Sainsbury’s, Tesco and Boots are among the companies identified for creating own brands which mimic the style, packaging and sometimes the names of more well known products.
The British Brands Group (BBG) claims there has been a 60 per cent increase in the past year of “parasitic” brands which bear a close resemblance to a better known brand.
Among the examples cited is Tesco shampoo range mySenses, which closely resembles Clairol’s Herbal Essences and Beautifully Butterfully, which is packaged in a way similar to Utterly Butterly.
A kind of muesli produced by Sainsbury’s is sold in a buff coloured box very similar to those used to contain Dorset Cereals.
BBG director John Noble said: “The examples are too similar to have been designed by accident.
“Shoppers are likely to be misled and certainly the distinctiveness of the brand is destroyed. This is a long running sore in the UK, affecting companies of all sizes in many sectors.
The rules designed to protect consumers are just not being enforced, while brand owners do not have effective tools to prevent the practice themselves.”
Other examples include Boots, which sells a brand of moisturiser with a package similar to L’Oreal Revitalift and a relaxing bath soak with packaging with a close resemblance to Radox. .
The green and orange packaging of Berocca fizzy vitamins is echoed both in the Tesco brand B-Active and the Vitamin Store product Energy Release.
The BBG has called for the government to do more to protect manufacturers, saying existing legislation and enforcement by Trading Standards Officers is too weak.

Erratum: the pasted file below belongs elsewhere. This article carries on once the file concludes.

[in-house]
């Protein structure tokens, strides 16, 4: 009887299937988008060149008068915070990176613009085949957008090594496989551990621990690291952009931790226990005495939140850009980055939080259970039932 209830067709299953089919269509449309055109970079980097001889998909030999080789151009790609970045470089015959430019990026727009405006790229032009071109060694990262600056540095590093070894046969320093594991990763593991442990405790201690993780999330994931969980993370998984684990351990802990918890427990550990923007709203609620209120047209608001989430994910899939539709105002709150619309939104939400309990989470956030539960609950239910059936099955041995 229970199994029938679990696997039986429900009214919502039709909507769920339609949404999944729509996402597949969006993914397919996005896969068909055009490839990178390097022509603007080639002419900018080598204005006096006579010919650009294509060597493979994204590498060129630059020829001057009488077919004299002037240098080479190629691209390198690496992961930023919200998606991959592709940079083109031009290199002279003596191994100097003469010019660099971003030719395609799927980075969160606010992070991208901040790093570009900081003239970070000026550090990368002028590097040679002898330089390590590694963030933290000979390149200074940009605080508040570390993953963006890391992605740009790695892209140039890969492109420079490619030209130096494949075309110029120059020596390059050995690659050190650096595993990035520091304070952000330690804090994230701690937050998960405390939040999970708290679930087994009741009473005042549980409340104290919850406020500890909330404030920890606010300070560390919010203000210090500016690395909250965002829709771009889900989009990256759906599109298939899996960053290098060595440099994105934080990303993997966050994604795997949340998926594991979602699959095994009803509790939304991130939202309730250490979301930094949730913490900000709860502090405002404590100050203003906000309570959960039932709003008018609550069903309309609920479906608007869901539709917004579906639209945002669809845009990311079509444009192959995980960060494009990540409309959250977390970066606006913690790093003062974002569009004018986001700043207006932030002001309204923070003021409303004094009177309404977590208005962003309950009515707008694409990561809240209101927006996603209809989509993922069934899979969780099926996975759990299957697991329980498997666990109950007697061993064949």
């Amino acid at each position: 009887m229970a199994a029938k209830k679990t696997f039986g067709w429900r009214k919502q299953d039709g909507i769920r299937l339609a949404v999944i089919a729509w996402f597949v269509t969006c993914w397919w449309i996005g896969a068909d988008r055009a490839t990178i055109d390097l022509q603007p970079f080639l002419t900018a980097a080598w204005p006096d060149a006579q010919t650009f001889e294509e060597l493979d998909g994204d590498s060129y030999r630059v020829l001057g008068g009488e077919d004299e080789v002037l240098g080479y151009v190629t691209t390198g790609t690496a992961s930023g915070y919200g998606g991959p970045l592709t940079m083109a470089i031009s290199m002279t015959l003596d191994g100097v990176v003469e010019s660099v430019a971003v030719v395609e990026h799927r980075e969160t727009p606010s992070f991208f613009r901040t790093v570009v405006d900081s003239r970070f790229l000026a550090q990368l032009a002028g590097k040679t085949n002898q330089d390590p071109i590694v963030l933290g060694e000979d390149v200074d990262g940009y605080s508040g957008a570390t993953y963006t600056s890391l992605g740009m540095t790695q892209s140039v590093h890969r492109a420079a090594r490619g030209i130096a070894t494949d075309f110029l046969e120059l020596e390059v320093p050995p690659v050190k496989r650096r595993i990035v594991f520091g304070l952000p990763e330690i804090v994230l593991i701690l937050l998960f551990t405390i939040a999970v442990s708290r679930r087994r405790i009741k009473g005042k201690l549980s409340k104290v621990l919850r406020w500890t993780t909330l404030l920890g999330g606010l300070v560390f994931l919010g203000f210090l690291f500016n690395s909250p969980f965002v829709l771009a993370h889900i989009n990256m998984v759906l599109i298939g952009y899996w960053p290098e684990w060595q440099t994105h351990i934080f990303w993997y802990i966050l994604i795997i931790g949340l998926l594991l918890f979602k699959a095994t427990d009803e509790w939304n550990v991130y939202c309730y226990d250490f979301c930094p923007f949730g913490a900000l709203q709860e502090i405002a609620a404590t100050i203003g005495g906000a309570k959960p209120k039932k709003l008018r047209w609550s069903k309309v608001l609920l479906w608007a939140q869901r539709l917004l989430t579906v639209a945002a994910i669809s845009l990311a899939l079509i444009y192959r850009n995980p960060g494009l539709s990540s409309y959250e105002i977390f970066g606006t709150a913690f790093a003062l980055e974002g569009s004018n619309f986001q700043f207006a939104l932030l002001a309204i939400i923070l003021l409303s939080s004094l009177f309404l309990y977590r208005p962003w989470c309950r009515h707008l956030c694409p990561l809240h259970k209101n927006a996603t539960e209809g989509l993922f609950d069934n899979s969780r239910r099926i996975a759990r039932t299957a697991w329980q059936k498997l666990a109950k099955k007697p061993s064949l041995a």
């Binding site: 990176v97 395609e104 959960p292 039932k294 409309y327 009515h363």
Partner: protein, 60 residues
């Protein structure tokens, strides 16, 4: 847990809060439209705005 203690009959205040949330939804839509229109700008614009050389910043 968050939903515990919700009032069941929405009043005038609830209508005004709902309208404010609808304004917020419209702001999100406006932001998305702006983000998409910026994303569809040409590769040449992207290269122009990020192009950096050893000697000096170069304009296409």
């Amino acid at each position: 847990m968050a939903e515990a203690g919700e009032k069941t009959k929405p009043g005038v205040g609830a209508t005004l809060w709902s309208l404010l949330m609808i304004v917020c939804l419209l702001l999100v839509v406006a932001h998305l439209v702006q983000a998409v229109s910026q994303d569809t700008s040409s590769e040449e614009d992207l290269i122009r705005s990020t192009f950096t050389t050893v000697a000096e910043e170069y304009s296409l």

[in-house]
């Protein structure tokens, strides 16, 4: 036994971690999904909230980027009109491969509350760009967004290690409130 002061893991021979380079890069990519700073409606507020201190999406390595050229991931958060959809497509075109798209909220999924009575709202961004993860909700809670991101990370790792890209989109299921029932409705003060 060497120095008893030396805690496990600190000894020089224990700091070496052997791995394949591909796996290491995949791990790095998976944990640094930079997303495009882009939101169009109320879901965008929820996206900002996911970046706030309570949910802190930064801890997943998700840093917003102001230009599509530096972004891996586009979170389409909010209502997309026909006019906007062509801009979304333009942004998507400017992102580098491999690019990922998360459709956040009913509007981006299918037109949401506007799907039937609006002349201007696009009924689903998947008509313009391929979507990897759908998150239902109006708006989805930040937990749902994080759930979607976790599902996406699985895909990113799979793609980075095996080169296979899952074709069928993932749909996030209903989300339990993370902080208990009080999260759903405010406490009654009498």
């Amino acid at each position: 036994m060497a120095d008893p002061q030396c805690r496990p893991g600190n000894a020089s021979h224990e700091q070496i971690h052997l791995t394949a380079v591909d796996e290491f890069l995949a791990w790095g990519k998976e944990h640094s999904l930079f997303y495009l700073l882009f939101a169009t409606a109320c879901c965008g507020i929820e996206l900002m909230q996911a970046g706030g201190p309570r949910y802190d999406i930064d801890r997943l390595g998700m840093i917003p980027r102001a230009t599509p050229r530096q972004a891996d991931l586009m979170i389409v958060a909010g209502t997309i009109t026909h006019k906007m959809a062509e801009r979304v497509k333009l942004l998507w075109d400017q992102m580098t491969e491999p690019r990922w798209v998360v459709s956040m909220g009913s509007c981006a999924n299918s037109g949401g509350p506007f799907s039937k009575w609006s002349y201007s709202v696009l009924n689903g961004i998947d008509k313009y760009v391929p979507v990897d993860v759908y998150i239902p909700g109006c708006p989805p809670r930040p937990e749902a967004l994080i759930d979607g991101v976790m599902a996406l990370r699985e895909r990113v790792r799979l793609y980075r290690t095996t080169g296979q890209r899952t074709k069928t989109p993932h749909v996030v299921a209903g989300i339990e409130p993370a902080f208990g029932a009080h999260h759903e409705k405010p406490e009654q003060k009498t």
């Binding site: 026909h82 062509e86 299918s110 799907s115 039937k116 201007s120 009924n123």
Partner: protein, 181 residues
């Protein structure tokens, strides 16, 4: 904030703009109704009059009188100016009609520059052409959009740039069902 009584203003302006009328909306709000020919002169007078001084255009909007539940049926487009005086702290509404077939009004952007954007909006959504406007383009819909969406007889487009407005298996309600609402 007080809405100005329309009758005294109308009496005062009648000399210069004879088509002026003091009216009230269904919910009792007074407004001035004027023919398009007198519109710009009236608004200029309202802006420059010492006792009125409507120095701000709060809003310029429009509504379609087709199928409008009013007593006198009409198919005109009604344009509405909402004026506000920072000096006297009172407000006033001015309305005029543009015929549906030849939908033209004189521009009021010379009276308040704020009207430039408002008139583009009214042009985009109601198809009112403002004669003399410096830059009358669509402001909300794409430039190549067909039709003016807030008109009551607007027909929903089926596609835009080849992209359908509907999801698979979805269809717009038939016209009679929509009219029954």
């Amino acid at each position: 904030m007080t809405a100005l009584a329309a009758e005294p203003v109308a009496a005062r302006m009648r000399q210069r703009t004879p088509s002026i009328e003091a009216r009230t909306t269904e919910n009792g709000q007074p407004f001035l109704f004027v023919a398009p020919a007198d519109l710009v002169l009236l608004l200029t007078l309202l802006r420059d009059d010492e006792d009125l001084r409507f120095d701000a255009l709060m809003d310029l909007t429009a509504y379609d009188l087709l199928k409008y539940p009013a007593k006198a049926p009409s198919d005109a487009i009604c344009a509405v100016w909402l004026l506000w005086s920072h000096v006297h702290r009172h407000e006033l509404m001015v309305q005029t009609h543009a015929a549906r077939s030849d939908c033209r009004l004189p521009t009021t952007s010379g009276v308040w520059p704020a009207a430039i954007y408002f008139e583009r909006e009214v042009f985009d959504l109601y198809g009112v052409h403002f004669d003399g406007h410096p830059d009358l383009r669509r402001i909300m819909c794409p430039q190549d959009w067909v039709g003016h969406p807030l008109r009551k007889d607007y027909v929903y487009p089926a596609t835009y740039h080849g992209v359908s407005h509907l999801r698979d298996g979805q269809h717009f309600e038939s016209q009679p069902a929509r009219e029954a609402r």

Mr Noble said: “It is easy to tell the products apart in the cold light of day but the similarity in a shopping environment certainly leads to mistaken purchase.
“The bigger issue however is the belief engendered that the products have the same origin, quality and reputation as the original.” According to research by BBG in 2009, 64 per cent of people believe similar packaging can be confusing, 38 per cent believe they have been misled by lookalike brands and 33 per cent say they have bought the wrong product by mistake. Adam Leyland, editor of trade publication The Grocer, said: “This is a matter of huge concern to British manufacturers and there have been some well-known instances of manufacturers fighting back.”
He said drinks giant Diageo successfully took action against Sainsbury’s for its own brand Pitchers – because of a similarity to Pimms. The group also forced the makers of Vodkat to rebrand – arguing that customers could confuse it with Smirnoff.
Campbell Newell, a patent and trademark specialist at Marks and Clerk, said he believed the law did provide adequate power to protect manufacturers against copyright and trademark infringement.
But he said manufacturers needed to familiarise themselves with the steps they could take to protect their branding, packaging and product design.
“The legal situation in terms of trademarks has been in place for a long time now and is very effective. It is just a question of companies making sure they are protected.”
A spokesman for Sainsbury’s said the product mentioned in the report was to be relaunched in June in different packaging.